College Lacrosse Survived Spanish Flu, WWI and Will Survive COVID-19

(Photo Courtesy of Virginia Athletics)

Around the nation, college football teams and conferences are scrambling to adjust their schedules, protocols, and even outright cancelling the 2020 season due to the Coronavirus Outbreak, which ended the 2020 college lacrosse season prematurely.

And as fall sports scramble, many are already starting to look ahead to February and trying to see if college lacrosse will happen during the spring of 2021. And while it is way too early to make outlandish predictions and statements pertaining to the cancelation of the upcoming season, it is worth noting that fall ball will not happen for multiple schools and there more may be in that same boat soon. 

But as far as the 2021 season goes, it is very much up in air at this point. Things could change drastically either way from now until February 1st. And from where we sit right now, college lacrosse is very likely to happen and it won’t be the first time that the college lacrosse season has been played amid a massive virus. 

From 1917-1919 the nation was ravaged by the Spanish Flu epidemic and World War I. But college lacrosse was still played, despite some programs shutting down for a brief period. Harvard, and Hobart didn’t field teams in either 1917 or 1918, while Johns Hopkins only played two games (Alumni & Carlisle Institute) and Yale didn’t play at all in 1917 only. Cornell suspended their program the longest, suspending play in 1917 and not returning until 1920. 

While those schools and some others suspended their programs during the War and Influenza years, many continued to play full schedules, which were four to six games on average in those days. 

During the 1917 season, Lehigh was named Co-National Champions along with Stevens Tech. Lehigh went 4-0, defeating Penn State, Carlisle Institute, Swarthmore, and Penn to win the USILL Southern Division. Stevens Tech was the only active Northern Division team, thus winning the division by default. 1918 and 1919 saw a very similar situation, as Johns Hopkins won the national title in both years. During 1918, Yale and Stevens Tech were the only two Northern Division teams to play. Things returned to more normalcy in 1919, as only a few Northern Division teams held out and by 1920 things were pretty much back to normal. 

All this to say, college lacrosse has survived something very similar to what the world is facing today. Was it a different time? Yes. Did we likely know less about viruses back then and is the COVID-19 different than the Spanish Flu? Absolutely. And while the concerns over spreading the virus warranted, lacrosse can certainly survive it.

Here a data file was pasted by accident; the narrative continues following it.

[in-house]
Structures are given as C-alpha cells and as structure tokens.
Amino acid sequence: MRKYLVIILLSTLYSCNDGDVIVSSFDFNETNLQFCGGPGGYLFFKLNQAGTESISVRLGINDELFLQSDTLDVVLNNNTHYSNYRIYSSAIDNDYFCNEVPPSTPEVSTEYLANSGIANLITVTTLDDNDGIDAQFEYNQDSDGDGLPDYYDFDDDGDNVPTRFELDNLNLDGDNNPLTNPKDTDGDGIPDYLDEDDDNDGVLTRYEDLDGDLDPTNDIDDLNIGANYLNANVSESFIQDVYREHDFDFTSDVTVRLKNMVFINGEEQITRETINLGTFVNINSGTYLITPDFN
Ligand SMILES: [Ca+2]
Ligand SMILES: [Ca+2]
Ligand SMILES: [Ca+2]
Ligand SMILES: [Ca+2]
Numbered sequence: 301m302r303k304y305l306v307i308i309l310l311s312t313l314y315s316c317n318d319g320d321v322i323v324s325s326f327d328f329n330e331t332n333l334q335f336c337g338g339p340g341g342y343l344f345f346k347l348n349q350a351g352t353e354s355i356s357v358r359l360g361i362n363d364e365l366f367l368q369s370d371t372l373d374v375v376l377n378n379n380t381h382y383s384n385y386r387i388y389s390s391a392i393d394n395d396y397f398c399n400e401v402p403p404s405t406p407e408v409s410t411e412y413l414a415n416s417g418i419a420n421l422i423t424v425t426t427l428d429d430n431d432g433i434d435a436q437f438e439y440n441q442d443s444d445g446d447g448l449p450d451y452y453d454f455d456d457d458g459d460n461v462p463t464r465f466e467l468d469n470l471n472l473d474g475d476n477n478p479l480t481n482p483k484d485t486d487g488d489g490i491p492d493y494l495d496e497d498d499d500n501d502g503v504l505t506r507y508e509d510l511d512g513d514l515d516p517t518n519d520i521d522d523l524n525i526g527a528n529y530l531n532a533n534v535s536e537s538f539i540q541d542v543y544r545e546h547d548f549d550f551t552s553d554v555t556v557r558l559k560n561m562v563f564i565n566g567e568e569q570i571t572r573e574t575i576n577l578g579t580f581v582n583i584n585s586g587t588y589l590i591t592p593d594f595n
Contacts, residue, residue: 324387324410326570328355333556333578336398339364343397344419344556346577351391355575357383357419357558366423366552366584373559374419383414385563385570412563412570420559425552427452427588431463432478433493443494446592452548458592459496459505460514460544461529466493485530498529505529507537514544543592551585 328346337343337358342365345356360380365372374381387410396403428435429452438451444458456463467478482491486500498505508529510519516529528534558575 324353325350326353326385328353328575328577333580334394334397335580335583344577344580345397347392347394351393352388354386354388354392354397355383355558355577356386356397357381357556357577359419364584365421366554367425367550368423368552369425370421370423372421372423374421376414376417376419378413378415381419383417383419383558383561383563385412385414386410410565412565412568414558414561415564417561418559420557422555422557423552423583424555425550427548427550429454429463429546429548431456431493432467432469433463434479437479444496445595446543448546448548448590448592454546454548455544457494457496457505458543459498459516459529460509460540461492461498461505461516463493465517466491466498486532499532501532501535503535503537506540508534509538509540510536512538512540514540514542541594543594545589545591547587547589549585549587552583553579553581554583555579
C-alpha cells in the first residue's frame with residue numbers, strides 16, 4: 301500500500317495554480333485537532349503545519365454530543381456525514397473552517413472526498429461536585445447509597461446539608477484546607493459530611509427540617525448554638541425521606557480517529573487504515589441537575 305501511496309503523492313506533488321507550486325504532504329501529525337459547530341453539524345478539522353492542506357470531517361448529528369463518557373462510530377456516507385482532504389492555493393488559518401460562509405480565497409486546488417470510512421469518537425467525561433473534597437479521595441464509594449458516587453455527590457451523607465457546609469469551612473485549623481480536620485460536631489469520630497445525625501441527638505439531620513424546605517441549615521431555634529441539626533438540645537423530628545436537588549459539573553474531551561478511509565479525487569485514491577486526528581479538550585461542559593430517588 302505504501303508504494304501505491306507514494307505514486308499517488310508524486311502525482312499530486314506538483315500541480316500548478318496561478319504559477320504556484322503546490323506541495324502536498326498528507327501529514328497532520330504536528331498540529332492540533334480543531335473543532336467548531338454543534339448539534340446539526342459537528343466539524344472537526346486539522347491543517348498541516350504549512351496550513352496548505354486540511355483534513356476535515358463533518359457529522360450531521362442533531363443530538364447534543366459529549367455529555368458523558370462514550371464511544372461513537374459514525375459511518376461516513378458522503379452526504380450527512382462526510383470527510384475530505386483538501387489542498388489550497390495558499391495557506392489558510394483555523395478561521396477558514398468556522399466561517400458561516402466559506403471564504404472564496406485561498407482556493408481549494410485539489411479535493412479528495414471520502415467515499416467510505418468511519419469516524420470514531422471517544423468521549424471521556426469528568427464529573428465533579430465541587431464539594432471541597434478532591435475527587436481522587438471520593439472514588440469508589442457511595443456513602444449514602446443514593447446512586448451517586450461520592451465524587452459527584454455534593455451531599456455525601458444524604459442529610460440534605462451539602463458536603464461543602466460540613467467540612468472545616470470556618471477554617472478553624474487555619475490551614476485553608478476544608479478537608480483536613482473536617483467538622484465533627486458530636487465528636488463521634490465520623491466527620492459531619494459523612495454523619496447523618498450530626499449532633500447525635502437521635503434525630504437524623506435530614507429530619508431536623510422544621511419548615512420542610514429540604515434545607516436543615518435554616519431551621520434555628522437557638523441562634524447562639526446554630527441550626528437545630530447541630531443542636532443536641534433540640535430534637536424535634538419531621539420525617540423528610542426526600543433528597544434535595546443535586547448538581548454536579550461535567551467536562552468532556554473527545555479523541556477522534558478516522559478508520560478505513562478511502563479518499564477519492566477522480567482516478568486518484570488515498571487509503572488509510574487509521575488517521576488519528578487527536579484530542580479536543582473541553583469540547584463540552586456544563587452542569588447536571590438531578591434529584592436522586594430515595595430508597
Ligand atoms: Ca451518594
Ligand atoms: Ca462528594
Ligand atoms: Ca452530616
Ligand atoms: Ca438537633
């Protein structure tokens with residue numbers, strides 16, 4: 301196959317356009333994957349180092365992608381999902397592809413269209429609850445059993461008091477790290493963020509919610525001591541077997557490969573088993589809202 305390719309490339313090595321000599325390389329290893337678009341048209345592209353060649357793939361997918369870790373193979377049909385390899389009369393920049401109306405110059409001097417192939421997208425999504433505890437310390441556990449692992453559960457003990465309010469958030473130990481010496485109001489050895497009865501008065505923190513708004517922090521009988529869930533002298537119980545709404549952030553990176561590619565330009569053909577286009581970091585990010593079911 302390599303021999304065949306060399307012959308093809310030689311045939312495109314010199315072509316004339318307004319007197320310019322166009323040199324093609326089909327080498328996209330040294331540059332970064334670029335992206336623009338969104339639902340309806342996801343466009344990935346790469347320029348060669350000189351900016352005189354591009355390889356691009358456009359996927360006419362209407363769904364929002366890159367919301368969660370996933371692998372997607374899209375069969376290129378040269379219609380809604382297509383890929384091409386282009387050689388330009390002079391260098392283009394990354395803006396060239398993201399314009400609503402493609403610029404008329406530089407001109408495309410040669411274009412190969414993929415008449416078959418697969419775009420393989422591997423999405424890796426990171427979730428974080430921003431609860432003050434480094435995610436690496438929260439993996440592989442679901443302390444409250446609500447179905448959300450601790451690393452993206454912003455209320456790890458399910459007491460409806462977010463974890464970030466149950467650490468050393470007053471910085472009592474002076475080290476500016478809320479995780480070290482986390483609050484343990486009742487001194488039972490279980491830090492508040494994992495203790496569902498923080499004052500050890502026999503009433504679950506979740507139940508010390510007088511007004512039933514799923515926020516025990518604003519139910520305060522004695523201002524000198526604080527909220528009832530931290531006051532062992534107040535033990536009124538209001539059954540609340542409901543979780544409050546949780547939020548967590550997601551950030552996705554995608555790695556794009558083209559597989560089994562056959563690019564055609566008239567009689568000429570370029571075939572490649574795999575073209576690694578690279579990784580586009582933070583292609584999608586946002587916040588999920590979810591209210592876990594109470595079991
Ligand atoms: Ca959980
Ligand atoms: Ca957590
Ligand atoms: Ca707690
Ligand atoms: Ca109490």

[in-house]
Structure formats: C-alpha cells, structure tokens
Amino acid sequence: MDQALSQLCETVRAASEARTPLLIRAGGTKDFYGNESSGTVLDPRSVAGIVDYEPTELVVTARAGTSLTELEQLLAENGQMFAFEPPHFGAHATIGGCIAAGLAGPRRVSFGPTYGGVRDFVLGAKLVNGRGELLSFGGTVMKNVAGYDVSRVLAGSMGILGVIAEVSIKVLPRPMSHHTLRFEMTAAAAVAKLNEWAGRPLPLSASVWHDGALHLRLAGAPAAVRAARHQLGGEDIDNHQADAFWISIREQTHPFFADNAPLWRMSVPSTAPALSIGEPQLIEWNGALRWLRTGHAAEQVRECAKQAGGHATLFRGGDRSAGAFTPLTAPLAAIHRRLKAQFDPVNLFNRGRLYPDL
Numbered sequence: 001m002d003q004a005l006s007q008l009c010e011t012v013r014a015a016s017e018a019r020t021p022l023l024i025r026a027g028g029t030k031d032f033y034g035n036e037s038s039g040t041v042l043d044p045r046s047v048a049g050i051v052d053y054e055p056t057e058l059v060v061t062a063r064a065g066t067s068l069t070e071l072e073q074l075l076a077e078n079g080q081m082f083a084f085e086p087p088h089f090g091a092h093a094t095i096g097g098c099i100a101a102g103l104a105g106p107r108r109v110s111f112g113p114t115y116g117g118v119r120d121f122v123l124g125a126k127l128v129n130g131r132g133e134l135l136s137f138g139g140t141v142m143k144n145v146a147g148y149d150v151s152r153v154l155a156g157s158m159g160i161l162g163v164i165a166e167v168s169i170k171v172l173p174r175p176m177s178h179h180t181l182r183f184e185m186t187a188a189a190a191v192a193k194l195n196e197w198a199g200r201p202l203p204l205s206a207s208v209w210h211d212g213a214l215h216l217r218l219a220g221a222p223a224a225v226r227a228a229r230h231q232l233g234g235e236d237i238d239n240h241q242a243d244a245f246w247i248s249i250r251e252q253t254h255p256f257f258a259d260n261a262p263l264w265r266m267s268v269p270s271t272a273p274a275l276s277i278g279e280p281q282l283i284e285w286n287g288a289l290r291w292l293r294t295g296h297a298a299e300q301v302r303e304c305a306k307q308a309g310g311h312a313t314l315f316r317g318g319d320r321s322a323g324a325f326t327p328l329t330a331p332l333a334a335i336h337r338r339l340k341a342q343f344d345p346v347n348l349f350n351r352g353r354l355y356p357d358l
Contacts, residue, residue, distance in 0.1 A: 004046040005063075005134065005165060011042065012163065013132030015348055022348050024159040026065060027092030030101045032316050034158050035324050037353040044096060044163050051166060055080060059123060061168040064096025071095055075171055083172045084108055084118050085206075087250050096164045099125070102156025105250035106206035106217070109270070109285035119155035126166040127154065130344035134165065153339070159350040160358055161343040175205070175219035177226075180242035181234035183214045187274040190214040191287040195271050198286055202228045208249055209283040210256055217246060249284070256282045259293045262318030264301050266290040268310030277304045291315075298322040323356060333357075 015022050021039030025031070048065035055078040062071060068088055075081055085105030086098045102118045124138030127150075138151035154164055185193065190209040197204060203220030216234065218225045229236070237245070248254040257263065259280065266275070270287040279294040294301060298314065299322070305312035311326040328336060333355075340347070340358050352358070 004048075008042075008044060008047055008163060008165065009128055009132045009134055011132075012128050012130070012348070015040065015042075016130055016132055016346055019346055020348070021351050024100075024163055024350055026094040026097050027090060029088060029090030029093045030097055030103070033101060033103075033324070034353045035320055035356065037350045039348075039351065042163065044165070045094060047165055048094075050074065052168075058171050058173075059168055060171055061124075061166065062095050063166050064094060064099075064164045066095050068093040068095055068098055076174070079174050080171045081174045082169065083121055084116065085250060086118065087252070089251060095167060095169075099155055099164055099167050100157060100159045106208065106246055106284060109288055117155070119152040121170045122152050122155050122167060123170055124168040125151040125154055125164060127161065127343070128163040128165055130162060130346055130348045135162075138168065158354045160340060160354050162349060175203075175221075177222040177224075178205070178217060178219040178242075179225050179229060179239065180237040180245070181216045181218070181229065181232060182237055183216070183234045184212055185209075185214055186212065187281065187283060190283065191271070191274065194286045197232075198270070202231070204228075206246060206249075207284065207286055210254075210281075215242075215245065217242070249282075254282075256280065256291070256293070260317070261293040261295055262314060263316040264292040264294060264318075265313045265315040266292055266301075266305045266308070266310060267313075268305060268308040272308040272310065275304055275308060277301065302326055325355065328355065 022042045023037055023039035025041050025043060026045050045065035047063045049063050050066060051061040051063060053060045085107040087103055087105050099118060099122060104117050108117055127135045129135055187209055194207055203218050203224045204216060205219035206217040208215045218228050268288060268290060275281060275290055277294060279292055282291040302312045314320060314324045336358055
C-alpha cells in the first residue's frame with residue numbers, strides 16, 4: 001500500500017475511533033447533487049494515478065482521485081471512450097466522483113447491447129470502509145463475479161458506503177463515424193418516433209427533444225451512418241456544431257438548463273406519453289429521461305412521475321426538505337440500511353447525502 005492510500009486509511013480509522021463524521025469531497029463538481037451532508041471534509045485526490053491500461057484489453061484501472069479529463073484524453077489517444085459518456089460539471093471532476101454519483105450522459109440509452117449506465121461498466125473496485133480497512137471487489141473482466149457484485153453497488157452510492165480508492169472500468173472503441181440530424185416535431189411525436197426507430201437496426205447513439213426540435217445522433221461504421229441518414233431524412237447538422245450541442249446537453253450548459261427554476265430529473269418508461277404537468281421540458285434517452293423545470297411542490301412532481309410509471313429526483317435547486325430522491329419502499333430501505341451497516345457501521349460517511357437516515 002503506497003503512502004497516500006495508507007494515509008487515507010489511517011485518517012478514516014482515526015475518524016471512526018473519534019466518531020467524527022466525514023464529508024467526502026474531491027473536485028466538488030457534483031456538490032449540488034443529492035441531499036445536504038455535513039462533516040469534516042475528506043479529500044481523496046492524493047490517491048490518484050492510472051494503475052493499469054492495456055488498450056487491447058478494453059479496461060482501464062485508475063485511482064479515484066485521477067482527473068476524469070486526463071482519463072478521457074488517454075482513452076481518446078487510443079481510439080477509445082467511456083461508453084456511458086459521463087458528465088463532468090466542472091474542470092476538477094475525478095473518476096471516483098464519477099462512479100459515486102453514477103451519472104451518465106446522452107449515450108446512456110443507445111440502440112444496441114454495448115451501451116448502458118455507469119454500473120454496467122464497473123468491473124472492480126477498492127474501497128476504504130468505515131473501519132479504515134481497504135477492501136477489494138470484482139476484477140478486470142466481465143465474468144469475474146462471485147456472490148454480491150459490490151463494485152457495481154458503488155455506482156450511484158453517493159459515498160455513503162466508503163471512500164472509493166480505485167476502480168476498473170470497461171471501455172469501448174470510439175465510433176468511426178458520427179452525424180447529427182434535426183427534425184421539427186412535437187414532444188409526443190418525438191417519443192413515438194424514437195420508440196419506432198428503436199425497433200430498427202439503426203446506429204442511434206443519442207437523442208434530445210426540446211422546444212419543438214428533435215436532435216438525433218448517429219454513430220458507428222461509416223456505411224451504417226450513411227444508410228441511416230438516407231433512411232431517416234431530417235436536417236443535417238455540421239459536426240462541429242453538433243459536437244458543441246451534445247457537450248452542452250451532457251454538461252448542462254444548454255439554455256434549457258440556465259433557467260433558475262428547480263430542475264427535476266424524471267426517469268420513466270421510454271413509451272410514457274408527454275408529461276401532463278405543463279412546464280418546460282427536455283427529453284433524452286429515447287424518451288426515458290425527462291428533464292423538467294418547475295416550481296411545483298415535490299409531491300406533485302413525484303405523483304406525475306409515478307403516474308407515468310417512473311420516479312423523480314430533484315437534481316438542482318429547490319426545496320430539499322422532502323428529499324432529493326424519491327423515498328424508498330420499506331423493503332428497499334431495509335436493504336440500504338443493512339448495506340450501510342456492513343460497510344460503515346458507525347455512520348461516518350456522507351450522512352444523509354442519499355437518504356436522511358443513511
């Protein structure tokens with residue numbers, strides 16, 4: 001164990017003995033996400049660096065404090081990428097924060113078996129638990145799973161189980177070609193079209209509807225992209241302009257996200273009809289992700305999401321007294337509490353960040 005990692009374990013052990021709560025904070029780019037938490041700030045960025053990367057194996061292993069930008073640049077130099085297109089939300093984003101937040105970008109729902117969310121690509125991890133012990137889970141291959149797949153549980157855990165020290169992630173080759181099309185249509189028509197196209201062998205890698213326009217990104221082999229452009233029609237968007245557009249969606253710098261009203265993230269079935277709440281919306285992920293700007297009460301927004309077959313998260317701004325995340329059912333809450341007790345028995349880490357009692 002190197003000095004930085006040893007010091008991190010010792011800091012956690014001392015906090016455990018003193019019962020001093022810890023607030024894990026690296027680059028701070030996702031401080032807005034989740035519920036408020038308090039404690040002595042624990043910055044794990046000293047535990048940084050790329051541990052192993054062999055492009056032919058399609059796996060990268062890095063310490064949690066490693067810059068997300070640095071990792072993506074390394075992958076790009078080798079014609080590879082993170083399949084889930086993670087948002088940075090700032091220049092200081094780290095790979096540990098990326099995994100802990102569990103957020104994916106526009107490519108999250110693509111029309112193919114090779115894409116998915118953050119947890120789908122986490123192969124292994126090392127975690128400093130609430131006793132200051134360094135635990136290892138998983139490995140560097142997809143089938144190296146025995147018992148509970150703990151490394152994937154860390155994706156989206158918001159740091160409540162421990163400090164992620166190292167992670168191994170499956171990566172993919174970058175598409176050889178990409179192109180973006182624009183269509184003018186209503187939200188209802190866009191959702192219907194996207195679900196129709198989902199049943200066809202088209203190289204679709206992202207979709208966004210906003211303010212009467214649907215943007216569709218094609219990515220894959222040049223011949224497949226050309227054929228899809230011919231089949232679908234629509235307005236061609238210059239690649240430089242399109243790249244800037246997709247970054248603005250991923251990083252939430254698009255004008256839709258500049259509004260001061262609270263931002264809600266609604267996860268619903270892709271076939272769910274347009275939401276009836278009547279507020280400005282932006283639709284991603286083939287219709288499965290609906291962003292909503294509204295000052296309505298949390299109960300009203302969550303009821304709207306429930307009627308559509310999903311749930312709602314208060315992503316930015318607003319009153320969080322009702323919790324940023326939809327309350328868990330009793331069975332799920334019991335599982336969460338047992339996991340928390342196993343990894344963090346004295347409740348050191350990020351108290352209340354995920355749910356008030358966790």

If the Coronavirus is still ravaging at a similar or slightly lesser pace than it is now in the spring, conferences will likely put the same protocols in place that they have for fall sports. That could mean conference only schedules, trimmed down rosters or traveling parties, limited to no fan access, and regularly testing. 

The CAA has already put out some sort of guidelines on spring sport championships. 

In that kind of environment, players will be much, much more safer than they would if they weren’t playing and either attending school on campus or online. Players want to play and many of them will do anything to be on that field. And that includes abstaining from large social gatherings off campus with people who aren’t under the same restrictions as them. 

So in a sense, if things are the same as they are now come February, it might be in the best interest of many players and coaches to play rather than to not play. And if any conferences decide to not play spring sports in 2021, it will likely be the conferences in the north that jump to such ludicrous decisions. However, some players may independently decide to opt out. That’s just a fact and you’ve gotta respect their decision if things come to that. 

2021 could very well see a repeat of what college lacrosse had from 1917-1919 where the majority of schools in the souther half of the sports footprint play, but many in the north decide to hold back. That would likely mean the Ivy league and Patriot League wouldn’t play but conferences like the ACC and SoCon might. 

Things could get very messy later this fall and winter as far as college lacrosse is concerned, but hopefully we don’t even get to that point and college lacrosse is able to go forward with 2021 season as planned. 

4 thoughts on “College Lacrosse Survived Spanish Flu, WWI and Will Survive COVID-19

  1. Why did you ignore the fact that facilities and staff will be tough to get with fall and potentially winter sports playing?


    1. Winter sports is usual to still be playing in Feb and March. Fall sports aren’t happening in the spring. You can’t have two seasons in an eight month period. Only way that could happen is a shortened three-month Jan-March season for fall, which I can’t see happening.


      1. Pretty sure you still can. A truncated fall season in spring followed by a less-truncated fall season next fall that starts in October for ample recovery and training.


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